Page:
The CNN Washington Bureau’s morning speed read of the top stories making news from around the country and the world. Click on the headlines for more.
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CNN: Obama hopes resurgent Libyan opposition can topple Gadhafi
President Barack Obama on Tuesday expressed hope that Libya's opposition movement, given new protection by a U.S.-led military mission, can organize itself to revive broad enthusiasm for political change and oust Moammar Gadhafi from power. In a 13-minute interview with CNN's Spanish-language network, Obama said the immediate goal of the U.N.-sanctioned military mission that began Saturday was to prevent an onslaught of the rebel stronghold of Benghazi by Gadhafi's military. "Because the international community rallied, his troops have now pulled back from Benghazi," Obama said.
CNN: Santorum: Obama 'missed an opportunity' in Libya
Former Republican Sen. Rick Santorum of Pennsylvania on Tuesday criticized President Obama's approach to the ongoing situation in Libya. Appearing on CNN's "Piers Morgan Tonight," the potential 2012 candidate said Obama has been "disengaged" and should have acted earlier to institute a no-fly zone in the African country. "The president hesitated, not even hesitated, he did nothing. He sort of sat back, made no comment," Santorum said. "He really missed an opportunity to be a positive force."
CNN: Obama playing defense over Libya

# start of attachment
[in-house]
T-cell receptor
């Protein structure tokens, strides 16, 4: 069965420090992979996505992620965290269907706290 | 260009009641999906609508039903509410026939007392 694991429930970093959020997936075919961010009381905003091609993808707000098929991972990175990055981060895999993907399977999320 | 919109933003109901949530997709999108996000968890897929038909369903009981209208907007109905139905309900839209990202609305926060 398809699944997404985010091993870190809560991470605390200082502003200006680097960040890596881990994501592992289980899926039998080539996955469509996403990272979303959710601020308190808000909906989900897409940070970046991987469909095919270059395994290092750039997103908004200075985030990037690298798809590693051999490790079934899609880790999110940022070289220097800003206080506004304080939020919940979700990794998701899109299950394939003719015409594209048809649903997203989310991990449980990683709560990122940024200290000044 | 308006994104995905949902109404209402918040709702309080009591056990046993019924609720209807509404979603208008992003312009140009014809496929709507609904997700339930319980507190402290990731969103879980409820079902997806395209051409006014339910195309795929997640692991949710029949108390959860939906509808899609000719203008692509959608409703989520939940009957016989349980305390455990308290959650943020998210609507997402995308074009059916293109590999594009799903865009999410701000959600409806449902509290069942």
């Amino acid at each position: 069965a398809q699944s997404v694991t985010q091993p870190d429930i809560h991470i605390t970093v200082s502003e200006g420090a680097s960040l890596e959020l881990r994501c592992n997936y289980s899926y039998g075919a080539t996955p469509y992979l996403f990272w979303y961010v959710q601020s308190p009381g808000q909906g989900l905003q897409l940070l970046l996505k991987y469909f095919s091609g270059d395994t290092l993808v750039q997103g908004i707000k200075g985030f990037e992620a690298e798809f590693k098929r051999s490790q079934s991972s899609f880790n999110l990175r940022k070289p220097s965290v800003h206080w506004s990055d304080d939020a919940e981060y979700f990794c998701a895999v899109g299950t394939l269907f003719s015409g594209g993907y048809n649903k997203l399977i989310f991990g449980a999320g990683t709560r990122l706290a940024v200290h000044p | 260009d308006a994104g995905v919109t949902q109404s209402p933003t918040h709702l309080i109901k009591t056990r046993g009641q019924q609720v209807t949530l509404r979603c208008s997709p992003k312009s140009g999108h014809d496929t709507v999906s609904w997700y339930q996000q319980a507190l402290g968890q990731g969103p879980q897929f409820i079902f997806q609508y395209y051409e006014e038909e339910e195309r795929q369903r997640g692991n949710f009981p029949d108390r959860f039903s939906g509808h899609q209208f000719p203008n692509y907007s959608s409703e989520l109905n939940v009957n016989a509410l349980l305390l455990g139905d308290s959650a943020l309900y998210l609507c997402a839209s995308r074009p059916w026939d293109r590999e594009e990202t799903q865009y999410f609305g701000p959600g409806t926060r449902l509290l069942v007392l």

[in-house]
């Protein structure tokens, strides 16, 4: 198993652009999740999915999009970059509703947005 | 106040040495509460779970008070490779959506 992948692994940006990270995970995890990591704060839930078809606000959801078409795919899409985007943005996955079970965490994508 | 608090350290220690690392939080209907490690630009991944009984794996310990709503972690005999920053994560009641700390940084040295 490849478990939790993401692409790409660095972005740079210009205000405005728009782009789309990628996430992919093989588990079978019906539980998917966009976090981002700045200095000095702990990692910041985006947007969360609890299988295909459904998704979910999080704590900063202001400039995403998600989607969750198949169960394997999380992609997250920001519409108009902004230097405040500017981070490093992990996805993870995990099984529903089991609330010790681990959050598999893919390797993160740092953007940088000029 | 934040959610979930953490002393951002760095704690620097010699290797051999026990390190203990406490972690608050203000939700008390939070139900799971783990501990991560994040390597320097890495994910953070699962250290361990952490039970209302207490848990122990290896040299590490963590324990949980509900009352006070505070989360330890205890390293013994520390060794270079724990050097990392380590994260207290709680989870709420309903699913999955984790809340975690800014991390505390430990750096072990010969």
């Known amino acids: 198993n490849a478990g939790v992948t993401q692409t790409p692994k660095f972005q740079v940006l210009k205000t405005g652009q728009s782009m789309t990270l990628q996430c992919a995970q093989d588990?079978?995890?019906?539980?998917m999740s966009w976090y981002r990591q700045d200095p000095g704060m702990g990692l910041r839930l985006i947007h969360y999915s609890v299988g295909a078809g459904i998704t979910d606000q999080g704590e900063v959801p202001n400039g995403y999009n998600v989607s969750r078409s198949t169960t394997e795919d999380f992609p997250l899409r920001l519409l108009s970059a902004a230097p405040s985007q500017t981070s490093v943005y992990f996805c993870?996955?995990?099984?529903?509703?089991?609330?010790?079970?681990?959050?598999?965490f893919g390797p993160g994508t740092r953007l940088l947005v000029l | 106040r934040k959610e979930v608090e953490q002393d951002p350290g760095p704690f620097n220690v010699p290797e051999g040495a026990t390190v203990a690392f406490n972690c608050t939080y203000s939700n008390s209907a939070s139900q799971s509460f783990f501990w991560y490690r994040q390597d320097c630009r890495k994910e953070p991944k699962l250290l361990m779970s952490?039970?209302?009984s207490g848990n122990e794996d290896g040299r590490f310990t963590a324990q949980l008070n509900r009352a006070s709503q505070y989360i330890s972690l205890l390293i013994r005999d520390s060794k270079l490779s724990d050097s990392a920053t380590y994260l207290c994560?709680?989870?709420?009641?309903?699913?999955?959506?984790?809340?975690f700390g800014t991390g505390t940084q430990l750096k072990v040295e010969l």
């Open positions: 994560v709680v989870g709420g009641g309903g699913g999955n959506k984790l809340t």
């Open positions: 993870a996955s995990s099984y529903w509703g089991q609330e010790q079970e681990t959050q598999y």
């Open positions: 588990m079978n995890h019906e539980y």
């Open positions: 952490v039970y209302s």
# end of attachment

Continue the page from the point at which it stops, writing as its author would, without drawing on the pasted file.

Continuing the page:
In the end, President Barack Obama apparently decided that photos of himself touring historic remnants of a collapsed society might not be the best image for a commander in chief fending off charges even from Democrats that his Libya policy is in shambles. The controversy over the decision to use U.S. military force has gotten so intense that at a news conference here Tuesday, Obama calmly pushed back at his critics by declaring the effort to stem the humanitarian crisis in Libya has paid important dividends by avoiding a massacre of civilians. "We have already saved lives," Obama said at a joint news conference here with President Mauricio Funes of El Salvador.
CNN: Brown breaks with party on Planned Parenthood debate
Republican Sen. Scott Brown said Tuesday he disagrees with the Republican House effort to cut off support for Planned Parenthood as part of the ongoing budget negotiations. "I support family planning and health services for women. Given our severe budget problems, I don't believe any area of the budget is completely immune from cuts," the Massachusetts senator said in a statement. "However, the proposal to eliminate all funding for family planning goes too far. As we continue with our budget negotiations, I hope we can find a compromise that is reasonable and appropriate."
CNN: Dems 'drive' for GOP seats
The Democratic Congressional Campaign Committee is pressing forward with its "Drive to 25" campaign to win 25 House seats in 2012. Tuesday the DCCC announced the release of newspaper ads, e-mail, and recorded phone call initiatives that hit House Republicans on Budget Chair Paul Ryan's aim to include cuts to entitlement programs in the budget coming from the majority party. The ad isolates ten House districts including Ryan, eight freshmen congressmen including Tea Party darlings Allen West of Florida as well as Wisconsin's Sean Duffy, and 21-term veteran Bill Young of Florida. The DCCC did not respond to requests on how large their ad buy is.
CNN: Gov. Jerry Brown tells California voters to 'make the hard choice'